The Air Force is transitioning to a single combat uniform by 2021
WASHINGTON, D.C. — Air Force leaders announced Monday the service will move to a single combat utility uniform, adopting the Operational Camouflage Pattern already in use by the Army and Airmen in combat zones and in certain jobs across the Air Force.
Starting Oct. 1, Airmen who have serviceable OCPs may wear the uniform. Uniform manufacturers will produce more uniforms, eventually outfitting the total force.
“We looked at all utility uniforms currently in our inventory to find the best-of-breed,” said Chief of Staff of the Air Force Gen. David Goldfein. “We spoke to and listened to Airmen on this, and the OCP was the clear choice.”
Enlisted Airmen should start to see an increase to their annual clothing allowances starting Oct. 1. The service will fully transition to OCPs by April 1, 2021.
Airmen can find guidance for proper wear of the uniform in the coming months via an Air Force Guidance Memorandum, followed by updates published in AFI 36-2903.
Feedback from the force indicated Airmen find the OCP more functional — from the slanted, Velcro chest pockets to the easily-accessible shoulder pockets. Female Airmen have made it clear that this uniform is a better fit, as well.
Effective April 1, 2019, Airmen can purchase the uniform at any AAFES store that carries them and AAFES online services will open purchases to Airmen around October 2019. The schedule will be updated monthly on the AAFES and Air Force’s Personnel Center websites.
The delay in availability allows the supply chain to produce and field enough uniforms, boots and other associated uniform items to meet both Army and Air Force requirements. Enlisted Guard and Reserve Airmen will receive the new uniform through their unit’s clothing replacement procedures.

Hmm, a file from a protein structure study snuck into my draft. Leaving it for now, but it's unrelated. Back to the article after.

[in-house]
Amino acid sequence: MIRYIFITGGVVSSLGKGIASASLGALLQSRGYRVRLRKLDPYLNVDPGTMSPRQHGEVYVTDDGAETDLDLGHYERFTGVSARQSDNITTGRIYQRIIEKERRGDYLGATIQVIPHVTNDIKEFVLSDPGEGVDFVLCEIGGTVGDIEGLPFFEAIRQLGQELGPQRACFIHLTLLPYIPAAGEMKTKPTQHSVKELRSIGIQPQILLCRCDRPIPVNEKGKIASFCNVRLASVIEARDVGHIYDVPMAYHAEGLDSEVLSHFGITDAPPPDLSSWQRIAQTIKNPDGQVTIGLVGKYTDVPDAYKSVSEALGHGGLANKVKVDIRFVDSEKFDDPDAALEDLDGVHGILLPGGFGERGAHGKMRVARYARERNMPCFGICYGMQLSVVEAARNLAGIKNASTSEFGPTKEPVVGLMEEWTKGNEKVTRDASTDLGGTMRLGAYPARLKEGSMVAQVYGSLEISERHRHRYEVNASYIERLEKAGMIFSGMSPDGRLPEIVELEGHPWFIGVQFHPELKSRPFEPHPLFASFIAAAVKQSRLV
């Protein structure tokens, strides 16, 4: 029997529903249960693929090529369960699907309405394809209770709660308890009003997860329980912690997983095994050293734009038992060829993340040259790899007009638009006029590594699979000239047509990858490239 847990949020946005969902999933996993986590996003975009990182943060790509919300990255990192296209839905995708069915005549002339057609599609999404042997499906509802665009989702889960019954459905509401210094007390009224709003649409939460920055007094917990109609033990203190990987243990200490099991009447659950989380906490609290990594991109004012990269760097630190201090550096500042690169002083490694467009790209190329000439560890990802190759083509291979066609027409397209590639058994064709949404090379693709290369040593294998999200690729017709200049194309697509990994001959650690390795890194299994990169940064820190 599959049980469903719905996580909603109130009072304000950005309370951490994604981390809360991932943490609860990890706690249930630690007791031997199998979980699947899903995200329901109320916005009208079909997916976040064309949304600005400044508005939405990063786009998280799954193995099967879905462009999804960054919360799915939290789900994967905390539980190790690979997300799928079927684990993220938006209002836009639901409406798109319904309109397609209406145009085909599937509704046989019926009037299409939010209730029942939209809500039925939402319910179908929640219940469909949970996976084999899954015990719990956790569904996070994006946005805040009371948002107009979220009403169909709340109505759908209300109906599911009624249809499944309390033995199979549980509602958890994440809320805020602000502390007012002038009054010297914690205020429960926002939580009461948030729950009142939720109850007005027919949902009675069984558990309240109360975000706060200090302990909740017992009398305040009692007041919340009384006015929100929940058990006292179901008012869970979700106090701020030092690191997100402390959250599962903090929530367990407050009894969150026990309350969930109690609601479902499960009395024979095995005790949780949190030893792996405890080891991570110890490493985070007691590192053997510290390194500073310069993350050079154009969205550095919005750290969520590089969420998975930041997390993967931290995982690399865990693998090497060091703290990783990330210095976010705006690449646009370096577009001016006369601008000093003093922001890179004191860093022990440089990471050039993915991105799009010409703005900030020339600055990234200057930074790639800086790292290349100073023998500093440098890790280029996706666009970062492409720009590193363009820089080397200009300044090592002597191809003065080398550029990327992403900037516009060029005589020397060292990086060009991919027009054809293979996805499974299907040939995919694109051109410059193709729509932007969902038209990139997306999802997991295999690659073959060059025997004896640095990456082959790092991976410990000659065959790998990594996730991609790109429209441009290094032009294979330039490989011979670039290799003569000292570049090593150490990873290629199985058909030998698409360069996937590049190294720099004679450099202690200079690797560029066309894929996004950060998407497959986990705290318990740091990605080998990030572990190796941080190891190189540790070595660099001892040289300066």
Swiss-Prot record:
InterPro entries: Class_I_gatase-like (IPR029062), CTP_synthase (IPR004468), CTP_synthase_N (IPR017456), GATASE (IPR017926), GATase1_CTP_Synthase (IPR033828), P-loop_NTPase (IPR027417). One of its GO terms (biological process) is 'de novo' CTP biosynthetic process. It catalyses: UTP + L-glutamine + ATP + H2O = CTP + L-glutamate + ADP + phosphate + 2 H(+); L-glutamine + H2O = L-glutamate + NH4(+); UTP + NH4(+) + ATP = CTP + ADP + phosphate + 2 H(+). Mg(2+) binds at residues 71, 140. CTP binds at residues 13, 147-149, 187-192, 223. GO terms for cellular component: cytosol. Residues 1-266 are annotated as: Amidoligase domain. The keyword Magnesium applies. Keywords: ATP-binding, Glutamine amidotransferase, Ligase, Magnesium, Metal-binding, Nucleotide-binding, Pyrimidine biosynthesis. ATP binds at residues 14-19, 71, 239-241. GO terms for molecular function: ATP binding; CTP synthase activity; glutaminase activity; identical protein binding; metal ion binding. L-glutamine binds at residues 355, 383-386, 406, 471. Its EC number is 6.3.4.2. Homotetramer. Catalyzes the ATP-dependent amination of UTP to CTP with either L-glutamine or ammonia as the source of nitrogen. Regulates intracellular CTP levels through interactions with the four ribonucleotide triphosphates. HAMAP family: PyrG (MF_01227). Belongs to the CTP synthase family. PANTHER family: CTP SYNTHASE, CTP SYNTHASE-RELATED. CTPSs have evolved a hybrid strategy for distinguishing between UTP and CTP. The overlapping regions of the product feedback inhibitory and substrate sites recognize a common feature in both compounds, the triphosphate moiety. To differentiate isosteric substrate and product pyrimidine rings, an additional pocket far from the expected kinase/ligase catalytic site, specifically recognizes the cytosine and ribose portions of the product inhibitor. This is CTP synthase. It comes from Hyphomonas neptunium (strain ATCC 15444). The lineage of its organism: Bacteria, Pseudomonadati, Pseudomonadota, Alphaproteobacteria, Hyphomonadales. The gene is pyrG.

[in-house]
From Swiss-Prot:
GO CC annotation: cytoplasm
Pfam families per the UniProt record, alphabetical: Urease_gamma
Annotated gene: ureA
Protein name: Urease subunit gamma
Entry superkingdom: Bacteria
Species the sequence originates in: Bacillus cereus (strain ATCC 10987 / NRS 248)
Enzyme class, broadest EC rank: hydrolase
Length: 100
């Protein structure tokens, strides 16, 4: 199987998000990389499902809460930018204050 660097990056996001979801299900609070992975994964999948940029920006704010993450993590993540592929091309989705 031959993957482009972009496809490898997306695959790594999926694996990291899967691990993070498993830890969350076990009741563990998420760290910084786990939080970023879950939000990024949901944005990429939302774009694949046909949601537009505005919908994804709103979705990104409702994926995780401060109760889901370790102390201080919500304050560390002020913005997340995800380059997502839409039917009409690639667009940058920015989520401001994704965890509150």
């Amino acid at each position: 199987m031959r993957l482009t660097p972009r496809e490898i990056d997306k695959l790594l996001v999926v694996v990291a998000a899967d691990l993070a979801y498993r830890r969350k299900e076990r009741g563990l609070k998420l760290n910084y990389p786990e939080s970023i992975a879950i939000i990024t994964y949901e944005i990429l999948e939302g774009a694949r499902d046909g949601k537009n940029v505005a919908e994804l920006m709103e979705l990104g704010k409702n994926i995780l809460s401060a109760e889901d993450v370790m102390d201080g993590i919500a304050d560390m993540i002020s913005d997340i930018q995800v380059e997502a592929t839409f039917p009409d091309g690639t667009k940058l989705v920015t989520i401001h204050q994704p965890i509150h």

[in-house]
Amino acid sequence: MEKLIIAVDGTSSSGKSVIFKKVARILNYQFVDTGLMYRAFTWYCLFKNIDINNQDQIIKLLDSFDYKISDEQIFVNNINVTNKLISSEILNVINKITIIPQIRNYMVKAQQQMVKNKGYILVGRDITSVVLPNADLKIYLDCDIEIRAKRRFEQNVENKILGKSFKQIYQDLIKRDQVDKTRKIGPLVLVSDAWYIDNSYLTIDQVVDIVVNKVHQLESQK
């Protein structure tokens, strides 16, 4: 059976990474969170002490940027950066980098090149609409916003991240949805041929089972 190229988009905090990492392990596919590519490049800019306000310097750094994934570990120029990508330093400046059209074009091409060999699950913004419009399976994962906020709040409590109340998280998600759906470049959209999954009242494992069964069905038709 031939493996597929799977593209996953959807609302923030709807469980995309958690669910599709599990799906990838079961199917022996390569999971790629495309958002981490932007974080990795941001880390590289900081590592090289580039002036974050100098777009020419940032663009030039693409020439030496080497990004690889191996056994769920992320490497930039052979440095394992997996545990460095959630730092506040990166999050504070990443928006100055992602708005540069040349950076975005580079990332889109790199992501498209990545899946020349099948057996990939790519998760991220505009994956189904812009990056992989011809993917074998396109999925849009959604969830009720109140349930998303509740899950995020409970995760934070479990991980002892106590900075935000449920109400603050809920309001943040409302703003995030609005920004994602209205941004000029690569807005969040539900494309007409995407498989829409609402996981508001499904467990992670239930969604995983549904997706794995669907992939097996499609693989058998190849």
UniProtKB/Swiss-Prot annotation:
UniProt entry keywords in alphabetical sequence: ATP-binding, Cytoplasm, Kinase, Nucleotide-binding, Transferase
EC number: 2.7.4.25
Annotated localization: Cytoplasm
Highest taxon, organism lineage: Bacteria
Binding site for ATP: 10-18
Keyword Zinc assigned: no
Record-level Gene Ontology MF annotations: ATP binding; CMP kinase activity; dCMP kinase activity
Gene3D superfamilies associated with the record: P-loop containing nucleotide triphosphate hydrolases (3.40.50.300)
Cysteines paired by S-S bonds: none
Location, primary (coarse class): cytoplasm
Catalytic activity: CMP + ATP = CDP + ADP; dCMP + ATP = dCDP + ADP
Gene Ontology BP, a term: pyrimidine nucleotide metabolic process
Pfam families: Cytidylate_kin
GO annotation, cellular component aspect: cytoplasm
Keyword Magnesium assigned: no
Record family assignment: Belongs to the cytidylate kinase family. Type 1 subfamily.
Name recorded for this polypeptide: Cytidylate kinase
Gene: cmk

The Air Force will also outfit Basic Military Training, Air Force Reserve Officer Training Corps, and Officer Training School starting Oct. 1, 2019.
Air Force News Service
The Army launches a survey for the military caregivers at JBLM
The U.S. Army Medical Command’s Army Public Health Center announced Monday the launch of a survey for Joint Base Lewis-McChord military caregivers, those family members and friends who provide assistance to a wounded, ill or injured Soldier, Sailor, Airman or Marine.
The survey will be open to any family member or friend over the age of 18, regardless of their beneficiary status. The service member receiving caregiver support may be in a Warrior Transition Battalion or going through the Disability Evaluation System or may be suffering invisible wounds and not seeking care at all.
The survey began Monday at three other bases — Fort Bragg, N.C., Fort Sill, Okla., and Joint Base San Antonio, Texas.
Military caregivers improve the lives of service members and help speed recovery, rehabilitation, and reintegration. Unfortunately, their tremendous devotion often comes at a cost.
According to the 2014-RAND Hidden Heroes Report, post 9-11 caregivers suffer worse health outcomes, greater relationship strain and more workplace problems than pre 9-11 or civilian caregivers.
The anonymous, 15-minute survey, at militarycaregiver.health.mil/survey, aims to supplement what was learned in the RAND report to understand the social, economic and health impact of caregiving and identify gaps in services. Surveys can be completed from a cell phone, tablet or desktop.
U.S. Army Medical Command
Former I Corps commander gets honor for his military leadership
General Curtis Scaparrotti, Supreme Allied Commander Europe, was honored by the Atlantic Council May 10 with a Distinguished Military Leadership Award in recognition of his remarkable military career, during which he facilitated cooperation and development of common approaches to shared global security challenges and fostered ties among leaders across the NATO alliance and beyond.
Scaparrotti accepted the Award on behalf of the inspiring men and women of NATO and of United States European Command.
Scaparrotti, who commanded I Corps at Joint Base Lewis-McChord from 2010 to 2012, congratulated the other honorees, former President George W. Bush, Grammy Award winner Gloria Estefan and Executive Chairman of Starbucks Corporation Howard Schultz, stating that he was deeply humbled to be recognized amongst the group, “... a two-term president of the United States; a visionary servant-leader who built a famous, global company; a Grammy award winner and philanthropist, and then me, a Soldier from Logan, Ohio.”
General Joseph Dunford Jr., the chairman of the Joint Chiefs of Staff, presented the award to Scaparrotti.
Every year, the Atlantic Council hosts a distinguished international leadership award ceremony to honor leaders who serve as pillars of the transatlantic community. This award is the highest honor granted by the Atlantic Council.
Supreme Headquarters Allied Powers Europe